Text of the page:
Digital flood map aids public awareness to flood risks

Mason Hickok, Editor-in-Chief

A digital floodplain viewer launched by the San Antonio River Authority (SARA) in January allows the public to view updated rainfall data and the waterways in and around the San Antonio metropolitan area. 

The map — developed in partnership with the Federal Emergency Management Agency (FEMA) — combines topographic layers and city layouts to display the projected data. The data in the viewer is based on rainfall numbers necessary to cause the “100-year flood.” While giving the public a view of streams and creeks in San Antonio, the viewer can take into account new land developments and their impact on flood data.  

Yasmin Ramones, a senior engineer with SARA’s Ecological Department, was one of the members who worked on updating and reviewing the floodplain viewer. Ramones described the method by which the topographic layers were developed. One of these is Esri, a company that develops geographic information system software. 

“In these models, we take under account the topographic data, which is what we use to map the results of the water surface elevation,” Ramones said.

While county-wide updates do not occur often, Ramones explained that floodplains are still evolving. 

“When we do these updates, we don’t go through these county-wide updates often,” Ramones said. “In between the time where we see the need to do a county-wide update, floodplains still get updated based on development.”

Ramones described that developers submit plans to the city for record-keeping when developments occur in and around the floodplains. 

“There [are] different moving parts as our city develops,” Ramones said. “What we try to do when we do these bigger updates to our streams is we try to capture the latest data available to feed the models.”  

Main Campus Waterways

UTSA’s Main Campus sits between several nearby waterways that are displayed in the viewer. 

A series of small reservoirs near East Campus Drive and Bauerle Road comprise the No Name Tributary of Leon Creek. This tributary is one of two waterways that flow near the Main Campus; the other is Maverick Creek on the West side of the campus. Huesta Creek flows just north of the Park West campus. 

Mitigation procedures

Naturally, debris and obstructions will find their way in and along the waterways. The clearing of the creeks falls on the city.

“The City of San Antonio has jurisdiction over the flood plain, and they mitigate flood risks in our creeks through their flood plan mitigation program,” Jason Dempsey, UTSA’s executive director of safety and emergency management, said. “To ensure [an] open flow of water, the city contractually removes debris and obstructions from the creek channels every three years.”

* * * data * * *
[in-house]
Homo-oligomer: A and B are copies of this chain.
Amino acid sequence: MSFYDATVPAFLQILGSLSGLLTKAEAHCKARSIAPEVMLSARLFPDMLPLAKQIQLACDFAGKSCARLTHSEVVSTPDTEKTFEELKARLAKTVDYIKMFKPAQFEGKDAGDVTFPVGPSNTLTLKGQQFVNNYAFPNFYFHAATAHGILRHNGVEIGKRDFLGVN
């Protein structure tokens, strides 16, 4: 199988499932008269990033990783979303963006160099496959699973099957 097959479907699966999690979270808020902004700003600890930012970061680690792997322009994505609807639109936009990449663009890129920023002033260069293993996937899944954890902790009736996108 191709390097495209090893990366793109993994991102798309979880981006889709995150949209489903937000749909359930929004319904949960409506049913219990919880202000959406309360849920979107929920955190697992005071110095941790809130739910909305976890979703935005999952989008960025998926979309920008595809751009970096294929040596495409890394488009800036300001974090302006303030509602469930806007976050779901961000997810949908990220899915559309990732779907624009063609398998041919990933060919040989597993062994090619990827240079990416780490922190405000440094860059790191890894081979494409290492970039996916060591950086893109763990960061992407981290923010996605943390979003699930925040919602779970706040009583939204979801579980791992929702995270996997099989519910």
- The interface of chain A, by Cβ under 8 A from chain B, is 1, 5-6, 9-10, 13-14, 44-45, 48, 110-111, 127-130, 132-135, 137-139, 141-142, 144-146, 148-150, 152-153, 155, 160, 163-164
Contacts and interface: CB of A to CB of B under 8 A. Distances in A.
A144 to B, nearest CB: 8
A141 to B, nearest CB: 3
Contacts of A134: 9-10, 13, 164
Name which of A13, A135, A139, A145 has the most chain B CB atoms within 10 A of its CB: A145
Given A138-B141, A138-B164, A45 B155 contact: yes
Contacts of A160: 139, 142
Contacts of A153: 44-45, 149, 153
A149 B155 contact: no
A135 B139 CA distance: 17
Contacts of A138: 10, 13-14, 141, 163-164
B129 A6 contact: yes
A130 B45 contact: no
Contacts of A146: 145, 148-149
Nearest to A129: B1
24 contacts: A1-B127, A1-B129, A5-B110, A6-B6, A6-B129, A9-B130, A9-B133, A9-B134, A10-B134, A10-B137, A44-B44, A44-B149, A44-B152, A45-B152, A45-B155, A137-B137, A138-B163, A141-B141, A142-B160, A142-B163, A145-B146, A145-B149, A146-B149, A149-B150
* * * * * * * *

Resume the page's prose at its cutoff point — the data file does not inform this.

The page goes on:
Stormwater is often quickly channeled off campus and into the eastern reservoirs through storm drains, gullies and subterranean stormwater controls. Furthermore, the Main Campus sits on top of the Edwards Aquifer Recharge Zone. 

UTSA utilizes a “Low-Impact Development” technique to capture stormwater and mitigate flooding. 

“In 2017, the university implemented a policy of Low-impact Development to capture stormwater through our landscaping using bioswales, rooftop harvesting and bioretention facilities,” Dempsey said. “This policy minimizes flood risks downstream and decreases flash flooding. It also helps to recharge the aquifer and decreases the buildup of silt associated with stormwater runoff.”

UTSA’s plan of action

Dempsey assures a rapid, clear response is in place should flooding affect campus operation.

“In an emergency, the UTSA community will be well-informed through emergency alerts via text or email and information posted on university social media and UTSA Today,” Dempsey said. “Subscribing to receive emergency notifications via text message is another important way to ensure you receive emergency information and alert notifications as quickly as possible.”

Along with SARA’s floodplain viewer, UTSA utilizes several other tools to assess and analyze flood risks. They include FEMA’s Flood Maps database and the City of San Antonio’s Threat and Hazard Mitigation Plan. 

Dempsey notes that flood risk mitigation can often be an evolving process. 

“As with any emergency plan, flood risk mitigation is an evolving process,” Dempsey said. “We will continue to monitor and adapt our emergency management plan as needed as our campus grows, or as the San Antonio River Authority reports new or changing risk areas.”